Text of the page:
General Motors said Tuesday that it would invest $1 billion in domestic manufacturing ― an announcement seemingly designed to please Donald Trump, even though the automaker said it had nothing to do with him.
“All of the decisions behind today’s announcement are good business decisions and they have been in the works for some time,” GM spokesman Omar Hussain said in an email.
Since his election, Trump has repeatedly claimed credit for any news that auto manufacturers plan to build in the U.S., which Trump has said shows he’s already making good on campaign promises to bring back American jobs. The pattern continued on Tuesday.
“With all of the jobs I am bringing back into the U.S. (even before taking office), with all of the new auto plants coming back into our country ...” Trump tweeted after GM’s announcement, “I believe the people are seeing ‘big stuff.’”
Trump also specifically thanked GM in another tweet.
Scott Paul, president of the Alliance for American Manufacturing, said there’s “no question that businesses realize there’s an upside to announcing new jobs and investments in America right now.”
But Paul noted this is nothing new. President Barack Obama also loved to tout “insourcing” decisions by manufacturers and sometimes hosted the companies at the White House.
“The real question for me is whether or not a Trump administration and this Congress will have the right policies to attract new jobs, raise wages for workers, and keep good jobs here,” Paul said. “That’s where our attention needs to be focused.”
It is unlikely that Trump’s surprise election victory two months ago is already having serious effects on automakers’ manufacturing strategies.
“These investments in manufacturing, these things take quite a long time,” said Jessica Caldwell, senior analyst at the auto site Edmunds. “There’s no way all of it would just change on a dime since November.”
Still, she said carmakers gathered in Detroit last week for the North American International Auto Show put unusual emphasis on the location of manufacturing as they debuted new lines of vehicles.
“I’ve been in autos since 2000, and I’ve never heard so many press conferences saying ‘this is going to be built in America’ or ‘this is going to create X number of jobs in the U.S.,’” Caldwell said, adding that such information would typically be buried in one line of a press release. “So from a presentation and communications standpoint, he’s had an effect.”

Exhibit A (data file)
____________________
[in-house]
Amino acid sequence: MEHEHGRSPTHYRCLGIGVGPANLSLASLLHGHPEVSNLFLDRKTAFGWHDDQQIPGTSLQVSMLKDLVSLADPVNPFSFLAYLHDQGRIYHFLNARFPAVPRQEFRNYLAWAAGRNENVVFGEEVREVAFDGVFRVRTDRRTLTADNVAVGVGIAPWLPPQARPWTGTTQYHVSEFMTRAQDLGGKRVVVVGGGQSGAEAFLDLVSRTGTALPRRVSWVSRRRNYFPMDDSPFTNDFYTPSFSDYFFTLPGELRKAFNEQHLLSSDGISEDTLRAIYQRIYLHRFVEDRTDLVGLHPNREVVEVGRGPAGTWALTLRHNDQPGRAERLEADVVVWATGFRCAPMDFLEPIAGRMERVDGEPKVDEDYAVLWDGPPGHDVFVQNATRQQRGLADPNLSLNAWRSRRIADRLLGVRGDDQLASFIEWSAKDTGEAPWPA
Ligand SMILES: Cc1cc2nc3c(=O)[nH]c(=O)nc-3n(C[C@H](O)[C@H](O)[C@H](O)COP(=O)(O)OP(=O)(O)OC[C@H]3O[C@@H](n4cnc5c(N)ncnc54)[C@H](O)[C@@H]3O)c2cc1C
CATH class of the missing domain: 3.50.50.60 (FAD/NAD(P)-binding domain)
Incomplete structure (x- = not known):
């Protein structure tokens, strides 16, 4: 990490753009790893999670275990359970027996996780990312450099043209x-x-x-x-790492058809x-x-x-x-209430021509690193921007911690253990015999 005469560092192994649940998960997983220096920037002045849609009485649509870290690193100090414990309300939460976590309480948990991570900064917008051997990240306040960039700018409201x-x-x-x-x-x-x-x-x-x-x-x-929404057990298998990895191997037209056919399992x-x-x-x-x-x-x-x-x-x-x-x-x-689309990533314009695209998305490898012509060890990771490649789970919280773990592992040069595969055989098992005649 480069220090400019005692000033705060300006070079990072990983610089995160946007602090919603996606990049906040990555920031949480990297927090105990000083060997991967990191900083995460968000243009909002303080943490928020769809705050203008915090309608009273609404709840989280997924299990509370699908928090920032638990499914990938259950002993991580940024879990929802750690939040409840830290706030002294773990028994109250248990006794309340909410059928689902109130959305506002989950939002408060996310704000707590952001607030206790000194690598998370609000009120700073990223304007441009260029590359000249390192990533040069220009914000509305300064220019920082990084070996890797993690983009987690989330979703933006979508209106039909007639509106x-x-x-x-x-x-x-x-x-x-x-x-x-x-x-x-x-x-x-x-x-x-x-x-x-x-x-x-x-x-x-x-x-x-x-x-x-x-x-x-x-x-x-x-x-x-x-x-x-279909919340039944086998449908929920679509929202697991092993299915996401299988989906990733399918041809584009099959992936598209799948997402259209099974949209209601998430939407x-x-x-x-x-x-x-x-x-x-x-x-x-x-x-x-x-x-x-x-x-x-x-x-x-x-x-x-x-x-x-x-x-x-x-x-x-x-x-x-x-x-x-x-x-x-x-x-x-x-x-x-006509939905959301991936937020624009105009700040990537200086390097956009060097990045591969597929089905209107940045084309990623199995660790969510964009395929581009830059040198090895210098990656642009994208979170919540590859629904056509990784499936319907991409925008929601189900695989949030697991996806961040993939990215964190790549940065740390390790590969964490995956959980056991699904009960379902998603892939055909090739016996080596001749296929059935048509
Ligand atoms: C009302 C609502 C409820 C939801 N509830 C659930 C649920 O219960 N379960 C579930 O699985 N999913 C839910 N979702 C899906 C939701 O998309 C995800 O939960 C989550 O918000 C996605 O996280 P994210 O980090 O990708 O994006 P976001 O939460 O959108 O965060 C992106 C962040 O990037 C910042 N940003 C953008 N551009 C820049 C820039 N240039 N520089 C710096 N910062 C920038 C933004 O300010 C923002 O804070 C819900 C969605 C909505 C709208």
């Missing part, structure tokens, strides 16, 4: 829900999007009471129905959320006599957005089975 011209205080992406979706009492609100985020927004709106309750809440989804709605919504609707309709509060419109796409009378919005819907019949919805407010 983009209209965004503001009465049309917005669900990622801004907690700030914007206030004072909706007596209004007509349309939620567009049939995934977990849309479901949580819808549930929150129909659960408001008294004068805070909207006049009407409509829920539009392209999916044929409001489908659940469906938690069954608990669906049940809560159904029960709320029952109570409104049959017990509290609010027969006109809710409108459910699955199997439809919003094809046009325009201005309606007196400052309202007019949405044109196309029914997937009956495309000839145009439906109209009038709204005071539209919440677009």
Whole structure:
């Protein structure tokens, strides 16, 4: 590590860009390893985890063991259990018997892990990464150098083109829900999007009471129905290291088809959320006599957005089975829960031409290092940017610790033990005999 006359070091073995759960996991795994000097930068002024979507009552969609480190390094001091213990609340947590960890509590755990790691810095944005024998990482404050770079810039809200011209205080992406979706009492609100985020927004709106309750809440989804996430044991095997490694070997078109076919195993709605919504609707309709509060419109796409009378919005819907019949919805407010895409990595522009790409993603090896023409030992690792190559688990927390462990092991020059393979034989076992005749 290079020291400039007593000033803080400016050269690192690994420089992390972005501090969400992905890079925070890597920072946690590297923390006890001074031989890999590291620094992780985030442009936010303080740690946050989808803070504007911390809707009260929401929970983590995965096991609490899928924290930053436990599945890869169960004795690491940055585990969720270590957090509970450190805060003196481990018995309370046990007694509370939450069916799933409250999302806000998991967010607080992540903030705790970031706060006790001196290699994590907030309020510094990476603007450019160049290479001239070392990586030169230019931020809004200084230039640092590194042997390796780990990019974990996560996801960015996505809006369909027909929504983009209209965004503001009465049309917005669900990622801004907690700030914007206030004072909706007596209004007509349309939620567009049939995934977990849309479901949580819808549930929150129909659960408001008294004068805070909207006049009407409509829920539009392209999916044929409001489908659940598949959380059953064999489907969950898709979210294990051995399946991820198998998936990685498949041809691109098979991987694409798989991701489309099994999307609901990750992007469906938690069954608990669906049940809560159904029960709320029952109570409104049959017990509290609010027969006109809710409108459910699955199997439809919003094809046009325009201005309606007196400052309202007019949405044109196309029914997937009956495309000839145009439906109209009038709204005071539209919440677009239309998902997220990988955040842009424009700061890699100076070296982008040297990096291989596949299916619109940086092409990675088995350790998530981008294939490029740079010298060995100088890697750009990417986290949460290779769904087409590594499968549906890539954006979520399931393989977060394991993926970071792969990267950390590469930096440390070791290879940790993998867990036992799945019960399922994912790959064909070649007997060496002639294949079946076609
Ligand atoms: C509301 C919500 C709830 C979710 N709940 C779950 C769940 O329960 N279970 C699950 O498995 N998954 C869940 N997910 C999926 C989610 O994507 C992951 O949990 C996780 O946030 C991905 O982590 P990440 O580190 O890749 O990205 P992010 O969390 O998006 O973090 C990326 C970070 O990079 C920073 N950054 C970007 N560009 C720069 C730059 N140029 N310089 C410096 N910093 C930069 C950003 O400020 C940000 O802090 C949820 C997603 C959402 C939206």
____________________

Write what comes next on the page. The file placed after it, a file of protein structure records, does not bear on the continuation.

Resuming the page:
Trump did bully one company, the air-conditioner manufacturer Carrier, into keeping a factory in Indiana last year. And the Ford Motor Company said earlier this month that it had canceled plans to build a new plant in Mexico ― plans that Trump had criticized ― although the company didn’t reverse its decision to shift its small-car production to that country. Still, Ford CEO Mark Fields later noted to CNN that Trump had promised “a more positive U.S. manufacturing business environment” and said that canceling the Mexican plant signaled a “vote of confidence” in the incoming administration.
Trump bogusly claimed in November that he had stopped Ford from closing a plant in Kentucky. The company had never said it was shutting down the facility; it had simply considered moving one of the plant’s production lines.
GM said Tuesday that its billion-dollar investment would create or save 1,500 U.S. jobs ― fewer than the number of jobs the company is eliminating at three factories this year. Since 2009, the company said, it’s invested $21 billion in the U.S.
“The U.S. is our home market and we are committed to growth that is good for our employees, dealers, and suppliers and supports our continued effort to drive shareholder value,” GM CEO Mary Barra said in a statement.
Barra is an adviser to Trump as a member of his “Strategic and Policy Forum.”
Earlier this month the president-elect bashed GM for making a version of the Chevrolet Cruze in Mexico. Trump hinted last week that he hoped GM would make an announcement similar to Ford’s.
“I hope that General Motors will be following, and I think they will be,” Trump said at a press conference. “I think a lot of people will be following.”
A company spokesman confirmed that GM will still lay off 3,000 workers this year despite Tuesday’s announcement.
Matt Streb is one of 1,200 workers GM is letting go this Friday from a plant that makes the Chevy Cruze in Lordstown, Ohio. Streb told HuffPost last week he was glad that Trump had brought attention to factory layoffs, but skeptical that his job would be saved.
“I see he’s fond of tweeting, but I believe things when I see them,” Streb said. “I hope he follows through on his campaign promises to save the American worker.”